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Corey O’Soup: ‘We have to be on the ground’

New Saskatchewan children’s advocate says suicides will be his first priority


 

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SASKATOON — Saskatchewan’s new advocate for children and youth says he is heading north as soon as possible.

Tuesday marked Corey O’Soup’s first day in the role, after taking over from the previous advocate Bob Pringle.

He says his first priority will be getting together with leaders in northern communities to work on addressing a wave of suicides that’s seen six girls between 10 and 14 years old take their own lives in a month.

O’Soup says he learned a lot before becoming advocate while helping to co-ordinate the province’s response to January’s school shooting in La Loche.

He says one of the biggest lessons was that solutions for the North won’t come from Regina or Saskatoon.

He says he and his staff hope to be up north by the end of the week.

“We have to be there. We have to be on the ground,” he says. “We have to be face-to-face and we have to be sitting there, together, working out solutions.”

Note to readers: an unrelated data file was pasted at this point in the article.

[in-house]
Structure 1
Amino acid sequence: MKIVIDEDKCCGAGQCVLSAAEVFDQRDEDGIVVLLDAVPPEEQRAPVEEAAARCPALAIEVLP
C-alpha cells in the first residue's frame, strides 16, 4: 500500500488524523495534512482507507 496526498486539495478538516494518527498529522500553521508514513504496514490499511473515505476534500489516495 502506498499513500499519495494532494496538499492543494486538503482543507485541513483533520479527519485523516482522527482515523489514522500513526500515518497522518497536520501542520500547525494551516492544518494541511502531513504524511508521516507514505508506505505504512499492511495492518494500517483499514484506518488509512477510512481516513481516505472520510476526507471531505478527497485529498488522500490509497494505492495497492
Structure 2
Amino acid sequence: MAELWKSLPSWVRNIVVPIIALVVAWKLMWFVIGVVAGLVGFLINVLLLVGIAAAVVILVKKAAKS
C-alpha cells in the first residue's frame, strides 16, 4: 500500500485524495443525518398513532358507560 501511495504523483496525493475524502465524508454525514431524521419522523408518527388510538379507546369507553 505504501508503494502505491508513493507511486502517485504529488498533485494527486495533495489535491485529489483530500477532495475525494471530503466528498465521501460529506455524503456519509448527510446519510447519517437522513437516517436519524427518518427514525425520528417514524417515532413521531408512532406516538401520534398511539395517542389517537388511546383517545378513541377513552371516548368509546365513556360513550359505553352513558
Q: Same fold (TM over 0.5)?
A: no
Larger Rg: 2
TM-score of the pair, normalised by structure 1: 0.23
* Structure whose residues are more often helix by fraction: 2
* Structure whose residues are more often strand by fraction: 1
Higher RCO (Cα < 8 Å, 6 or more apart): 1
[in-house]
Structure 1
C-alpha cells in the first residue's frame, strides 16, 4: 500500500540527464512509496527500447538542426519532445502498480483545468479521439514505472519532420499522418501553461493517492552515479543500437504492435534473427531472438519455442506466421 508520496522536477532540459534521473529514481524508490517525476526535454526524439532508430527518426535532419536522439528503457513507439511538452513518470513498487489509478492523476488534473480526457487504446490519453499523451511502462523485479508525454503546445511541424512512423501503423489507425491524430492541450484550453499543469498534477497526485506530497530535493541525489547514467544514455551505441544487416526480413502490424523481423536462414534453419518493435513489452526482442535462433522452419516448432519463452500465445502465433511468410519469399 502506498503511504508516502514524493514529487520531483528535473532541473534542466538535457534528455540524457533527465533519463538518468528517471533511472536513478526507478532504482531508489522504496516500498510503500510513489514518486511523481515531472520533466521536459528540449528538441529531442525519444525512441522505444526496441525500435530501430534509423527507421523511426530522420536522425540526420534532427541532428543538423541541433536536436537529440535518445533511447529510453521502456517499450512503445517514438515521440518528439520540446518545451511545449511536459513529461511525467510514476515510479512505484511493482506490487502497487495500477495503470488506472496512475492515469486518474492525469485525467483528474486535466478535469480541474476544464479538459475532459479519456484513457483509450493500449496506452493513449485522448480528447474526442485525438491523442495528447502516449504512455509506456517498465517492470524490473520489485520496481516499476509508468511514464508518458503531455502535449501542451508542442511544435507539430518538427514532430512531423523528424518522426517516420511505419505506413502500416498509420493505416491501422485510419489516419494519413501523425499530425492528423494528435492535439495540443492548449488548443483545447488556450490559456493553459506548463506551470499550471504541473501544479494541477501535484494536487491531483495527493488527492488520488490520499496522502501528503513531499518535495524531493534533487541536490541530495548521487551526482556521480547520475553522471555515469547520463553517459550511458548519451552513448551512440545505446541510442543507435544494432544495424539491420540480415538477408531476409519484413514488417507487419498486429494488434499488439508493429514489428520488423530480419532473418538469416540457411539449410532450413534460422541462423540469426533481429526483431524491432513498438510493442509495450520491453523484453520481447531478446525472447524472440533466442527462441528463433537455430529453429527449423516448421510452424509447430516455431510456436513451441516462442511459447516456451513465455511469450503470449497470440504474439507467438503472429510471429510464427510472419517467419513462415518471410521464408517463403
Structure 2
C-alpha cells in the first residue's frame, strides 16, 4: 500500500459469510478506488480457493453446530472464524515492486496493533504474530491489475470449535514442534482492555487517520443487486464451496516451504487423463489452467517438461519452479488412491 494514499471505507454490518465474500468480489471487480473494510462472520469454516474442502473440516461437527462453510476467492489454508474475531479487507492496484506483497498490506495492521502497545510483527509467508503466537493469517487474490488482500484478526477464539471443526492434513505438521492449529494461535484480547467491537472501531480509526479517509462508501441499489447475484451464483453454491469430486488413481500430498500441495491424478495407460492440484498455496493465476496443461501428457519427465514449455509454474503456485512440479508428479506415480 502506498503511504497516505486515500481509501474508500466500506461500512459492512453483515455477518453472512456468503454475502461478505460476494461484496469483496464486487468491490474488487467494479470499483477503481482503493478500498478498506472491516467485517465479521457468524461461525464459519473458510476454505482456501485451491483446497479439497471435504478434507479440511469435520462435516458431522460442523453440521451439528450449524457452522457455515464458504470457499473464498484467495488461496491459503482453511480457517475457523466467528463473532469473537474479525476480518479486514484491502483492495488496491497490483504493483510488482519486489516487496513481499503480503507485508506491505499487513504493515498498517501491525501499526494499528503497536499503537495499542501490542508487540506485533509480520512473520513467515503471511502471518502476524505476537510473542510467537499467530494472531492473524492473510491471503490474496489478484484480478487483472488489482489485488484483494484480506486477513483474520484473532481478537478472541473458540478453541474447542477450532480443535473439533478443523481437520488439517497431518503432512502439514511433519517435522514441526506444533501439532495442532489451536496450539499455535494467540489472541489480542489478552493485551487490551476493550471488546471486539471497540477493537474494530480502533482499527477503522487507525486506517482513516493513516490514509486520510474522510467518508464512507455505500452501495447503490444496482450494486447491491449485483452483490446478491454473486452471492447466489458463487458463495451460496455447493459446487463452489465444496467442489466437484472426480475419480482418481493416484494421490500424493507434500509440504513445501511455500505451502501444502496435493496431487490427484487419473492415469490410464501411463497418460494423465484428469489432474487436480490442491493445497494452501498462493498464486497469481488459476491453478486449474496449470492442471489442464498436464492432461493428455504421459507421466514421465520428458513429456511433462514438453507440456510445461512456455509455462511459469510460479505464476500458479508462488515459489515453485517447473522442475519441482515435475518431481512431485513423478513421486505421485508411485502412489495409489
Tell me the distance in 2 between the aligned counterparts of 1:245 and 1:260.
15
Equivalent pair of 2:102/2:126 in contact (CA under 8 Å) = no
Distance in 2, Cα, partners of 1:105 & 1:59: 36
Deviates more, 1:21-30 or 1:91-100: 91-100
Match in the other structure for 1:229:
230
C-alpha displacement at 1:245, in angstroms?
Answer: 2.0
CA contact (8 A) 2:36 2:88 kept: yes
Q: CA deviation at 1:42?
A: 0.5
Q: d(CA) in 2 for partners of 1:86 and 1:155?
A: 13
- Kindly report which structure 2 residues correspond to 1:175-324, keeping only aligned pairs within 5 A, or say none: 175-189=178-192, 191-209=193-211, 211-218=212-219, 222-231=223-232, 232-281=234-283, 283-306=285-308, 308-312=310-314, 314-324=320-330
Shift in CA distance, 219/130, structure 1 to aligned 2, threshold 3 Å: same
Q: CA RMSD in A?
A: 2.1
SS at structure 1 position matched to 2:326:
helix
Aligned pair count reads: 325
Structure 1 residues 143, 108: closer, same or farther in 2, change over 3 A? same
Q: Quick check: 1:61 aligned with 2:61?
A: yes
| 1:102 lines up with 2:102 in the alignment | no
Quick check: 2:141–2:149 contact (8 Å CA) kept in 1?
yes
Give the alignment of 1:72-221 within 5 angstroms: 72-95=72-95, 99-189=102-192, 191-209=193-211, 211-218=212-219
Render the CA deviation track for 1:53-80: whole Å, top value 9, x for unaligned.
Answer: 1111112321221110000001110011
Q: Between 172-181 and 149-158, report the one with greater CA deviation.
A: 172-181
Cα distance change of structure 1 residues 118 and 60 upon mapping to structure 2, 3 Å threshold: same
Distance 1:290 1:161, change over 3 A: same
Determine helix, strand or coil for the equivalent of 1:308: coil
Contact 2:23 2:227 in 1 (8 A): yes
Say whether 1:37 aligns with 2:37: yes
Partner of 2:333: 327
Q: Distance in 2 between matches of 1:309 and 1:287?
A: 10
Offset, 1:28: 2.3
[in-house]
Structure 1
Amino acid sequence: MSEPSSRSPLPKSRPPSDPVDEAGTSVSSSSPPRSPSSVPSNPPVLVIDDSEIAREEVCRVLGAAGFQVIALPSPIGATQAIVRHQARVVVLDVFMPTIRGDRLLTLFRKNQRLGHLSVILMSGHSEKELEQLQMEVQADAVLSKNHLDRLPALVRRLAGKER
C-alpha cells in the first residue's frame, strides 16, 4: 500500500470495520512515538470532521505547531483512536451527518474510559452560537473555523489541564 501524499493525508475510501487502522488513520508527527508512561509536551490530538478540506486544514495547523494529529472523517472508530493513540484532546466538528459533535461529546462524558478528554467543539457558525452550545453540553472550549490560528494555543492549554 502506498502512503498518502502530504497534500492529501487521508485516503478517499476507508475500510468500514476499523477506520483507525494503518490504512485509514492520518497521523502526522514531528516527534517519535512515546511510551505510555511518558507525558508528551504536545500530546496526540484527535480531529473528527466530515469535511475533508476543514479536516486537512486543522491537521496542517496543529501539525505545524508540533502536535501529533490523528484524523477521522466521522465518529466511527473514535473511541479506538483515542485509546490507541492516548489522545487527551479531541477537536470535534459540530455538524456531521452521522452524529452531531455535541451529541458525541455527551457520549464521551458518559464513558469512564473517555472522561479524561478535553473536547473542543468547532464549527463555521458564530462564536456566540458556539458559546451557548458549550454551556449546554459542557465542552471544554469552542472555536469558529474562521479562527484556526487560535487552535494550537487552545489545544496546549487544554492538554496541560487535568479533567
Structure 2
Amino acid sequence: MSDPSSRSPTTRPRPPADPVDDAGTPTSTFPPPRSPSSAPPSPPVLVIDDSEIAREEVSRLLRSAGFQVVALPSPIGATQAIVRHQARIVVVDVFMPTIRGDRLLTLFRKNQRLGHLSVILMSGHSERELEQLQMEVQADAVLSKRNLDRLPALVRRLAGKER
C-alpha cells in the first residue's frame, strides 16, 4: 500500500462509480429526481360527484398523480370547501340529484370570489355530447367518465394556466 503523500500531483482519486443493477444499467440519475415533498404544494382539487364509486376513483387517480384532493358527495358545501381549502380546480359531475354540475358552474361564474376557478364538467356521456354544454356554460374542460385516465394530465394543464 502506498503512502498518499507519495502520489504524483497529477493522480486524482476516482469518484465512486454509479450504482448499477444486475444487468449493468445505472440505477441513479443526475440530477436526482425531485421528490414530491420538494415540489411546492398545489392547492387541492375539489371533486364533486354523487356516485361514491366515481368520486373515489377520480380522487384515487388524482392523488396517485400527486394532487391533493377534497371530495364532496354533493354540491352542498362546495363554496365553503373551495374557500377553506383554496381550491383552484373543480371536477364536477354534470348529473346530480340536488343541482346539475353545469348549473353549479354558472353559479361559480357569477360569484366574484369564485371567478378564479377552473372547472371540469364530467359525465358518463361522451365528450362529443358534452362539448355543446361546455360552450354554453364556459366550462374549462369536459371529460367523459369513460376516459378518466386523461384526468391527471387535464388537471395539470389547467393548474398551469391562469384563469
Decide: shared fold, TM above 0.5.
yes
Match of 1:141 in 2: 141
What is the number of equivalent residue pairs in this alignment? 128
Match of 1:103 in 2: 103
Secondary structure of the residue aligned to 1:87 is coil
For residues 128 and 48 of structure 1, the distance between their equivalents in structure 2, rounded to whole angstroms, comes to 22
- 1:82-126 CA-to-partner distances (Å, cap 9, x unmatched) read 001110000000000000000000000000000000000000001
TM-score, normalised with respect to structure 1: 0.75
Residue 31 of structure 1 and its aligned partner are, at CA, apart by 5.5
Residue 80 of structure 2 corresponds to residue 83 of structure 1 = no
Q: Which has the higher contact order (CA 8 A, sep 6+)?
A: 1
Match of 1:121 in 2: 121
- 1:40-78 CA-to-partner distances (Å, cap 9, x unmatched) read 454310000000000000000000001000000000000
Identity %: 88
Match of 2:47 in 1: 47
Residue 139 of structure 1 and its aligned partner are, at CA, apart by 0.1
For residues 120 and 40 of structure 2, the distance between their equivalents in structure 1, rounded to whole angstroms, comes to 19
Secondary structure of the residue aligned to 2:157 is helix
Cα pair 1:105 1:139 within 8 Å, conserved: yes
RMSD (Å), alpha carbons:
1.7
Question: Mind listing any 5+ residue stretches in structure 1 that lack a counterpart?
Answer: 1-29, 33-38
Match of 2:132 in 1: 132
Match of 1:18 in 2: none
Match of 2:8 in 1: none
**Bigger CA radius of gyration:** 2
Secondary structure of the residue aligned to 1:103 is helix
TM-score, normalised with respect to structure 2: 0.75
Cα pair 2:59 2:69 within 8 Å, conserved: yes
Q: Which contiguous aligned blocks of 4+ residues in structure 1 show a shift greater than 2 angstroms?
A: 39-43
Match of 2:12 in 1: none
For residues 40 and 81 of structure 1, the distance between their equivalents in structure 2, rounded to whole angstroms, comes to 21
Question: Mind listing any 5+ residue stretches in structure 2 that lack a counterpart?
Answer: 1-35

While response to the immediate crisis is a high priority, O’Soup says he hopes to see more efforts directed at prevention.

He says that could include things like better mental health supports and education for youth, alongside programming for parents.

O’Soup notes the problem of youth suicides in Saskatchewan’s North isn’t new and says he hopes the latest crisis has brought enough attention to the issue to drive change.

“This isn’t the first time that children have done this or that this has happened to them. But this is the biggest spotlight they’ve had. So we need to use this time to make sure the supports are in place and to ensure governments are reacting the way they should be.”


 

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